When you think of progressive children's toys, Barbie is probably not the first item which springs to mind. But in spite of a super-controversial past, including criticisms about her unattainable body and her superficial interests, Barbie has had something of a makeover in recent years.

After Barbies of more inclusive body types, races, and careers have received positive press, it seems Mattel is fully on the progressive train. And their latest launch - a Barbie who is gender-neutral, complete with two outfits and hairdos - has got the whole internet talking.

Manufactured by Mattel, Barbie was first launched in 1959.

The doll was pioneering at the time, as Barbie wasn't a baby but an aspiration teen, complete with grown-up clothing and a suspiciously feminine figure.

Over the years, Barbie has been subject to a lot of controversies.

Many parents were upset not only about Barbies unrealistic body but her shallow interests. Barbie was seen as representative of vapidity, and her homogenized appearance was seen as damaging to young girls.

In recent years, Mattel has taken steps to deal with the controversy.

via: Mattel

In 2016, the company launched a range of Barbies with more diverse body types - including a selection of dolls with "curvy" figures.

And that wasn't all.

via: Mattel

Along with a fuller figured Barbie, Mattel also released "petite" and "tall" counterparts.

And the innovations didn't stop there.

In 2017, Mattel released a Barbie based on Ibtihaj Muhammad, complete with a hijab and a fencing uniform.

And their 2019 range was the most inclusive yet.

For the first time, there were Barbies in wheelchairs, Barbies with natural hair, Barbies with prosthetics, and much, much more.

The reception of this collection was hugely positive.

Seeing Barbies representative of more types of kids is undeniably a good thing. But the latest move by Mattel may be their most progressive yet.

Because the latest Barbie innovation?

The new release of dolls are all gender-neutral - or, as Mattel are phrasing it, "gender inclusive."

Each doll comes complete with a range of clothing options.

The dolls are designed to be totally "free of labels," meaning they have both masculine and feminine clothing, plus long or short hairstyles.

And the company has done their research.

The dolls have been physically designed to have neutral features, and pediatricians were consulted in order to make them as accurate as possible.

A pediatrician was also consulted on how gender affects play.

"A collection like this just knocks down every barrier to play. Through research, we heard that kids don't want their toys dictated by gender norms," says Dr. Cara Natterson.

Kim Culmone, Senior Vice President of Mattel, agrees.

"Toys are a reflection of culture and as the world continues to celebrate the positive impact of inclusivity, we felt it was time to create a doll line free of labels."

The dolls also encourage the children to feel freer in their expression.

Each doll comes complete with a range of wigs, different clothing options, and even accessories to allow a child to customise their toy pal.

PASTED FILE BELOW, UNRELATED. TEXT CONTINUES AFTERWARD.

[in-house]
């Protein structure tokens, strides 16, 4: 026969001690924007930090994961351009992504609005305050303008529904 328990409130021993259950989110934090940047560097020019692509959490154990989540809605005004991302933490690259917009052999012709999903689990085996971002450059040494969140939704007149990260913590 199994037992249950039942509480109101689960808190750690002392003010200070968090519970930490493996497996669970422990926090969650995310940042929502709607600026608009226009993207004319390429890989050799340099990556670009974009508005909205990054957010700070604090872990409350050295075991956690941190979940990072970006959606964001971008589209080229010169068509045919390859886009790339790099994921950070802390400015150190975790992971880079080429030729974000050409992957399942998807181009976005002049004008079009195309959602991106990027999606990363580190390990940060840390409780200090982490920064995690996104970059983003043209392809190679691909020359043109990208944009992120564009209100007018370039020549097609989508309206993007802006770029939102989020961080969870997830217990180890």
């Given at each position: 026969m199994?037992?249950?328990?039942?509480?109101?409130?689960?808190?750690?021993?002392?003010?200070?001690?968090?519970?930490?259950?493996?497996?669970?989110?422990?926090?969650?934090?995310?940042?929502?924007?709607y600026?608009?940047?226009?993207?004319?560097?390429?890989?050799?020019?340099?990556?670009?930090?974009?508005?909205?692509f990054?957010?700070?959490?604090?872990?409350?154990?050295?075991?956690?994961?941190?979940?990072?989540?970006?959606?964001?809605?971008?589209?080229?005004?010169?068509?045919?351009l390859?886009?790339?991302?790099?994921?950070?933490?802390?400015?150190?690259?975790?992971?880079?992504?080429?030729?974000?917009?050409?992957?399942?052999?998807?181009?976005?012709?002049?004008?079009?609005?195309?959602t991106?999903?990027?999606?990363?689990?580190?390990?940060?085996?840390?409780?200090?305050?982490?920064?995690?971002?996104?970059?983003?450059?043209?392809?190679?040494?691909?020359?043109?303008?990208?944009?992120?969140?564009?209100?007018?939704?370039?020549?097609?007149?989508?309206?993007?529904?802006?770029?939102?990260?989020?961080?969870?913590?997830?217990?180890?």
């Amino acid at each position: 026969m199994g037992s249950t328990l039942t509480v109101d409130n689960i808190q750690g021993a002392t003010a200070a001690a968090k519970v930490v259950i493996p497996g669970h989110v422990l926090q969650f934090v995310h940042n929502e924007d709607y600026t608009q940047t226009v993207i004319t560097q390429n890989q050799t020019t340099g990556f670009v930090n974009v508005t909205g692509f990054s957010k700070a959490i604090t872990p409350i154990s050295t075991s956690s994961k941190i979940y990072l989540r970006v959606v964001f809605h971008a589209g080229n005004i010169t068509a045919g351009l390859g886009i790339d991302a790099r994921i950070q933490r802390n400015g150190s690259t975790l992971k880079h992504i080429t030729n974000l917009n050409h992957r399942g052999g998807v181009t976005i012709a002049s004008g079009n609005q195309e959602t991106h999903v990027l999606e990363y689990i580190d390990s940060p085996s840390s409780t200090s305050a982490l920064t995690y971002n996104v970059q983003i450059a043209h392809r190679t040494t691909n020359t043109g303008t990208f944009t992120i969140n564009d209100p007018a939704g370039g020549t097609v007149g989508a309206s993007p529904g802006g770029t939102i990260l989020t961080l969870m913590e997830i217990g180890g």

Dr. Natterson talks of the importance of healthy play.

"This line allows all kids to express themselves freely which is why it resonates so strongly with them. We're hopeful Creatable World will encourage people to think more broadly about how all kids can benefit from doll play."

Here's a selection of the dolls.

The campaign images expertly show how they can be customized to express gender in different ways.

Here's a look at one of the dolls in action.

Many are praising Mattel for tackling such a controversial subject so well.

And some major voices have spoken out.

For kids who aren't totally secure in the gender they were assigned at birth, having these types of toys could be a great leap forward.

Although some made this joke.

via: Facebook

But hey, lets all at least try to remember than gender actually isn't determined by what's in between your legs!

Although, as you'd probably expect ...

This new launch hasn't been without backlash. Many people are bizarrely outraged about the whole thing.

And many hold this belief.

The idea that a child may wish to explore both masculine and feminine aspects at the same time seems totally lost on some.

And some made this comment.

The idea that these dolls have both "male" and "female" clothing suggests some element of a binary - which these dolls are designed to question.

But these dolls aren't without support.

via: Facebook

One particular mom commented that what she liked about these dolls isn't so much the neutral gender expression, but that there are less overtly sexualized than other Barbies.

There were some other complaints, too.

Although this range is probably Barbie's most inclusive, it's still far from perfect.

And some made this valuable point.

Sure, this doll is less intrinsically problematic than other Barbies - but many believe the move isn't out of social conscience, but out of capitalism.

Are you interested in the toy that's been making serious waves?

They're currently available right now, and can be found at your local Target or Walmart - or on Amazon, of course. Are you interested in what Barbie would look like aged sixty? Keep scrolling.